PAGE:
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The Courier Satellite, launched in 1960 and developed and built under the supervision of the Army Fort Monmouth Laboratories, was the experimental communications satellite that proved high-volume communications, up to 100,000 words per minute, could be relayed through space.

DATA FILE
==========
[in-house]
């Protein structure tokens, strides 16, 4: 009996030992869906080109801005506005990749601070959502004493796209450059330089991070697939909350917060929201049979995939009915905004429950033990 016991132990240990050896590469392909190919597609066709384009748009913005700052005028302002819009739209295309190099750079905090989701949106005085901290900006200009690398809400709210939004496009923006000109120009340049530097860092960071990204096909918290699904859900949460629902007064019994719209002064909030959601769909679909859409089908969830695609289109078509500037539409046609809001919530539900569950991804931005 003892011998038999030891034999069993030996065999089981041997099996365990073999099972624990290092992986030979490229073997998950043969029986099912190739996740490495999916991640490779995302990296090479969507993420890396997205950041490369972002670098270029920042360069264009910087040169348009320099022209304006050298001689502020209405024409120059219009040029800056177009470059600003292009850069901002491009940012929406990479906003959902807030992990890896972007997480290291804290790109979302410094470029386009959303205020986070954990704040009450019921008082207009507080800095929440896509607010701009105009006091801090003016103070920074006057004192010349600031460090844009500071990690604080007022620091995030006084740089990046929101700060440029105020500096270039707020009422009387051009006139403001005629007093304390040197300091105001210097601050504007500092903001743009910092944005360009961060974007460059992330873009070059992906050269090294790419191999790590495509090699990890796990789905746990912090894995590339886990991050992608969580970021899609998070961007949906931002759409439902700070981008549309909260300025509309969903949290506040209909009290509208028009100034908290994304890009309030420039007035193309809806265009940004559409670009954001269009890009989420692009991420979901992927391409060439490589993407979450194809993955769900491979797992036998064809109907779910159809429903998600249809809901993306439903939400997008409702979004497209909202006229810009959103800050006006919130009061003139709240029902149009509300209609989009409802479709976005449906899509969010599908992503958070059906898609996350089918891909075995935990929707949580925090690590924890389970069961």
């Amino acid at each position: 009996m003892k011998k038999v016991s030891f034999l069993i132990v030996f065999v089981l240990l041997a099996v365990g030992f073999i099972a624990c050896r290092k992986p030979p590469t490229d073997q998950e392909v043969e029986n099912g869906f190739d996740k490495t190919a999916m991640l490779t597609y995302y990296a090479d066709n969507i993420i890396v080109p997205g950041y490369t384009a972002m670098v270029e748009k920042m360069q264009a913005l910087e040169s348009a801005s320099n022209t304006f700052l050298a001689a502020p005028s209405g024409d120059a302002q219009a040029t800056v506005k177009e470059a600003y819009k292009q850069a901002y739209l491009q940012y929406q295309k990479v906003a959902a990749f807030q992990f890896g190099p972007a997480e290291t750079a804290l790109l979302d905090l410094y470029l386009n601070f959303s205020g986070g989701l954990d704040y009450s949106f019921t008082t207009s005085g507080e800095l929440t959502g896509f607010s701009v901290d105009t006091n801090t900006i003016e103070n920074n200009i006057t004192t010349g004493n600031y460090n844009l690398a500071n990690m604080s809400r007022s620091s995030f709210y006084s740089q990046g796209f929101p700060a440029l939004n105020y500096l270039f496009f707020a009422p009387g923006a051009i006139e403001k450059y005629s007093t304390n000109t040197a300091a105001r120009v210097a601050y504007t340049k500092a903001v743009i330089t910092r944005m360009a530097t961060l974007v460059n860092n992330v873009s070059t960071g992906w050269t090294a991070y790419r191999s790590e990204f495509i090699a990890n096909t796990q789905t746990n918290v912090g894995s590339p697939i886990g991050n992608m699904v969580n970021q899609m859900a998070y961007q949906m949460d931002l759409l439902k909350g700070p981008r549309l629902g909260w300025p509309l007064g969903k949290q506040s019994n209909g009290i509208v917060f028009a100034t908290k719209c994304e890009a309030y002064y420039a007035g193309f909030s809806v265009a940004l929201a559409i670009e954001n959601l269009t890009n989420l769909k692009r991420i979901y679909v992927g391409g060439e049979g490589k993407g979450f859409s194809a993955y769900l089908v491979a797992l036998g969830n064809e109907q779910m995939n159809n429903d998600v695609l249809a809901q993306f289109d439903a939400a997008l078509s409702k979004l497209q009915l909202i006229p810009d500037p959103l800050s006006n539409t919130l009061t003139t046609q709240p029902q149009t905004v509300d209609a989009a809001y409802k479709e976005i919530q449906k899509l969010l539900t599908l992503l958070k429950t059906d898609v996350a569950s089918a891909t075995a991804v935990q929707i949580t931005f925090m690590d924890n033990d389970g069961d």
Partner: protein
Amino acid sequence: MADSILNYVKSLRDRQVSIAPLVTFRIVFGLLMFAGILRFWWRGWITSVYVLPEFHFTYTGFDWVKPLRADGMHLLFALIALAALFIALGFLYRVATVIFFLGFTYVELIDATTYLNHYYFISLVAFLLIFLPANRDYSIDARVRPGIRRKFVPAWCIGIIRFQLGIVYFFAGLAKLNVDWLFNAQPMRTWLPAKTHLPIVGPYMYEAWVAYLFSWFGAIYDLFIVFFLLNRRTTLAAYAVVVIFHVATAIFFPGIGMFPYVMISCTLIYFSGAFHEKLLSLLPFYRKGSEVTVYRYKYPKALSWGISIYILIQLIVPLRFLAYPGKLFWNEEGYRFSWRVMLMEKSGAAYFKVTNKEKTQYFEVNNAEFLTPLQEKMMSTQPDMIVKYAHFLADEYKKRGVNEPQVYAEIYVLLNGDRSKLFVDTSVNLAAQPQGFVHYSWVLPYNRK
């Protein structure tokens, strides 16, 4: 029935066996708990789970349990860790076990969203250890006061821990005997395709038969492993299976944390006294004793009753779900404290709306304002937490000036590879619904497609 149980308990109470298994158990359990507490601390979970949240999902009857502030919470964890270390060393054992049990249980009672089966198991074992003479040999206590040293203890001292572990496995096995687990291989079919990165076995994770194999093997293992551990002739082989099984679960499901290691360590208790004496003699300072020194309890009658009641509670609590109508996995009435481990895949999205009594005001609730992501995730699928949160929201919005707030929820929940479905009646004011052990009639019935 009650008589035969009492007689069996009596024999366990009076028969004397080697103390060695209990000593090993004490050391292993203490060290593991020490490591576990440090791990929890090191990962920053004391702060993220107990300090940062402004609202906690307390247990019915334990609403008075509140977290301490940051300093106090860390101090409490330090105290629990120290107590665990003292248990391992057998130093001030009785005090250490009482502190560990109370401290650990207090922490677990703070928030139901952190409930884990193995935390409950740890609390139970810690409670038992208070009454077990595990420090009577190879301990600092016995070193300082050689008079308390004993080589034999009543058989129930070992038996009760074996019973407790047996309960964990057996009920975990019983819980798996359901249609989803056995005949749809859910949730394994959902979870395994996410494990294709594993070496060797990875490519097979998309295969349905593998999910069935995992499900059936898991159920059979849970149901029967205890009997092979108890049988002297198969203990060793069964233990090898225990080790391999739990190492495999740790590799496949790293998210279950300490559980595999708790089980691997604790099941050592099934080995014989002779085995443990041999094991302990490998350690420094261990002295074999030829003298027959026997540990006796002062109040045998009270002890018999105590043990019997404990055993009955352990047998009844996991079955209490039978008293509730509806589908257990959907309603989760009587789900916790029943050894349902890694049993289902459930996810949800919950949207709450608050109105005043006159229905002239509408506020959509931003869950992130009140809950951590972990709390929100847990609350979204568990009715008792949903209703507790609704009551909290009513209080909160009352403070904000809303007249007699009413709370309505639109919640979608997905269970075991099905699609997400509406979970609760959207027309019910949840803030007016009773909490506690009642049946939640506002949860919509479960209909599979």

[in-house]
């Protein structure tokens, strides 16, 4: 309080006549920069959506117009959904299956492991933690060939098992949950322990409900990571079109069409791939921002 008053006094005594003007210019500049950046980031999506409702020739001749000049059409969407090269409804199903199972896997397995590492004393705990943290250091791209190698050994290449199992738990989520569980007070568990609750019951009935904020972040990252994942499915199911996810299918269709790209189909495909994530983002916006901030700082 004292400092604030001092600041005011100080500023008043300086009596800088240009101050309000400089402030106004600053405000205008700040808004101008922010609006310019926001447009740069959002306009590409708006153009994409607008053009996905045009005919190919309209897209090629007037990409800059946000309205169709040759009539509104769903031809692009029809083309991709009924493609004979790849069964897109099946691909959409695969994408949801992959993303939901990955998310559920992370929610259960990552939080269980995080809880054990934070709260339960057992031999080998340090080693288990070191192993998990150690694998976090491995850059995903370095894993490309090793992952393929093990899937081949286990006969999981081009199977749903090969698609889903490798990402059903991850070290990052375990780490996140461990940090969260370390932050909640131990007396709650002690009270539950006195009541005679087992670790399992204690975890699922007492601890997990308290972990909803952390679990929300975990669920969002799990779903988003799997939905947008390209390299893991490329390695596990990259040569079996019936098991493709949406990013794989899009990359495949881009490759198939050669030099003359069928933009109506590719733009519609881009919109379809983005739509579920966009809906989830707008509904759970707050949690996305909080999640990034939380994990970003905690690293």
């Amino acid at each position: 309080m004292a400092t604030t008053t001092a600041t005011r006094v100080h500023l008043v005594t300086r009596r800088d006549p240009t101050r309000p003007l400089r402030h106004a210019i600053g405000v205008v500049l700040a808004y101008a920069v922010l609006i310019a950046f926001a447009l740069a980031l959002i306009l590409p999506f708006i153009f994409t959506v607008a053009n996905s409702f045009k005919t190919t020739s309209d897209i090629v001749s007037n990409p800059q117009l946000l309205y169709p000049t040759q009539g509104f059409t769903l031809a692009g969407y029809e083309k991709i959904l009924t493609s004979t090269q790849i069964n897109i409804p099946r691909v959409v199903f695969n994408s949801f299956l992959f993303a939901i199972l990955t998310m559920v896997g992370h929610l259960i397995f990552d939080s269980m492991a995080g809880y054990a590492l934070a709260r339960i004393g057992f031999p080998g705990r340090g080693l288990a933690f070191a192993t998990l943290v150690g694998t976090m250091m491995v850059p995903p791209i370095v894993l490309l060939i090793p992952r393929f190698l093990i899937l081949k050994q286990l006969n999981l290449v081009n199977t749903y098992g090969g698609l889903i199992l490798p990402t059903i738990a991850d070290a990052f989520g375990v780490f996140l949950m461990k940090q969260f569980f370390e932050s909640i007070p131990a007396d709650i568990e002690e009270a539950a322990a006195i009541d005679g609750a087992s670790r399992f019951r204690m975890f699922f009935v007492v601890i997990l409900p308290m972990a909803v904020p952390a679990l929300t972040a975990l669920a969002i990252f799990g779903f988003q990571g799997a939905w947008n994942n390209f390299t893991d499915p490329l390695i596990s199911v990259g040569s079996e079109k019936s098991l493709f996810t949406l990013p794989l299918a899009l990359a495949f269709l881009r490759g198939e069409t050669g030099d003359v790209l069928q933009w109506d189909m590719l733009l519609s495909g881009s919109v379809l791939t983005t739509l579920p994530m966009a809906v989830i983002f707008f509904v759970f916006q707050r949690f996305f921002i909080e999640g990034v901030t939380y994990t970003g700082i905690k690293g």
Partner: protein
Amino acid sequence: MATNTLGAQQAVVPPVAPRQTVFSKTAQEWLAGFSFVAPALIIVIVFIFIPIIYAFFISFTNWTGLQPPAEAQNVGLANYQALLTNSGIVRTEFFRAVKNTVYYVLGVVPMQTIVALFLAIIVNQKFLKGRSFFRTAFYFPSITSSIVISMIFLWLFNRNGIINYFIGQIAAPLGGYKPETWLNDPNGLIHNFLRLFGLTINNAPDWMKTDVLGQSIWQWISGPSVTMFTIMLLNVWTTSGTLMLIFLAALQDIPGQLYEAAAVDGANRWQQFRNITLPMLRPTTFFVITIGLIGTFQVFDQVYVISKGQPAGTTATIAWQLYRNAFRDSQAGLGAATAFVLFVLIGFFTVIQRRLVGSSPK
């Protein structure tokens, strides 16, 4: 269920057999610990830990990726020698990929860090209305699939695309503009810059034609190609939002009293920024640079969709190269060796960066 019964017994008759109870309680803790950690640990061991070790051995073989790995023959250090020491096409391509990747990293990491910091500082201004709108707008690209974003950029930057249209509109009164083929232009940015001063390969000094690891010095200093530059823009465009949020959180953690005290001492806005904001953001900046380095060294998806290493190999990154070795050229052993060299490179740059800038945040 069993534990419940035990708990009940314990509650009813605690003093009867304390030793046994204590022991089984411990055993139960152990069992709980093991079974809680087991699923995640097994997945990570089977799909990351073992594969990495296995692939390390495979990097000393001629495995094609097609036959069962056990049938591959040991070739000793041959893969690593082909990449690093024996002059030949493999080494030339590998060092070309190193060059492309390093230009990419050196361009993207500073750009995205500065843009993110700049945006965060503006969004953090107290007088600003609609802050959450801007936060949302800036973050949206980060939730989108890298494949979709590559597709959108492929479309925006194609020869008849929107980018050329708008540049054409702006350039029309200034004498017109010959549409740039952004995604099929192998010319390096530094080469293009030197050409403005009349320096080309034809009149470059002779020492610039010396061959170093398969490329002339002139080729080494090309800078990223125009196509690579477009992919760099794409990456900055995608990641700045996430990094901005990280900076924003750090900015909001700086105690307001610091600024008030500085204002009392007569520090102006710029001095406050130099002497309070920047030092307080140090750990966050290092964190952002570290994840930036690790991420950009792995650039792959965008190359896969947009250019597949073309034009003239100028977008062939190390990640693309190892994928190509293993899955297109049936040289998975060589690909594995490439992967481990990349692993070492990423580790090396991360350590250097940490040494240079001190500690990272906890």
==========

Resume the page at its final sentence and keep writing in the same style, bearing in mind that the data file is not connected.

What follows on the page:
On 18 August 1960, an attempt to put an Army developed Courier 1A communications satellite into orbit failed when the rocket exploded about 2.5 minutes after lift­off. The Courier satellite had first been proposed by the Army Signal Corps back in September 1958, two months before the launch of the SCORE satellite. On 4 October 1960, the Army's COURIER 1B satellite was launched into low earth orbit. The storage and transmission capacity was much greater than that of the SCORE satellite. It was also the first communications satellite to be powered by long life solar cells to recharge nickel cadmium storage batteries. After completing one orbit, a message from President Eisenhower to the United Nations was transmitted from Fort Monmouth and relayed to a ground station in Puerto Rico. After 228 orbits in 17 days, the payload refused to respond to commands from the ground. It is believed that the clock based access codes got out of synchronization, therefore the satellite would not respond to what it interpreted as unauthorized commands. While operational the satellite had relayed more than 50 million words of teletype data.

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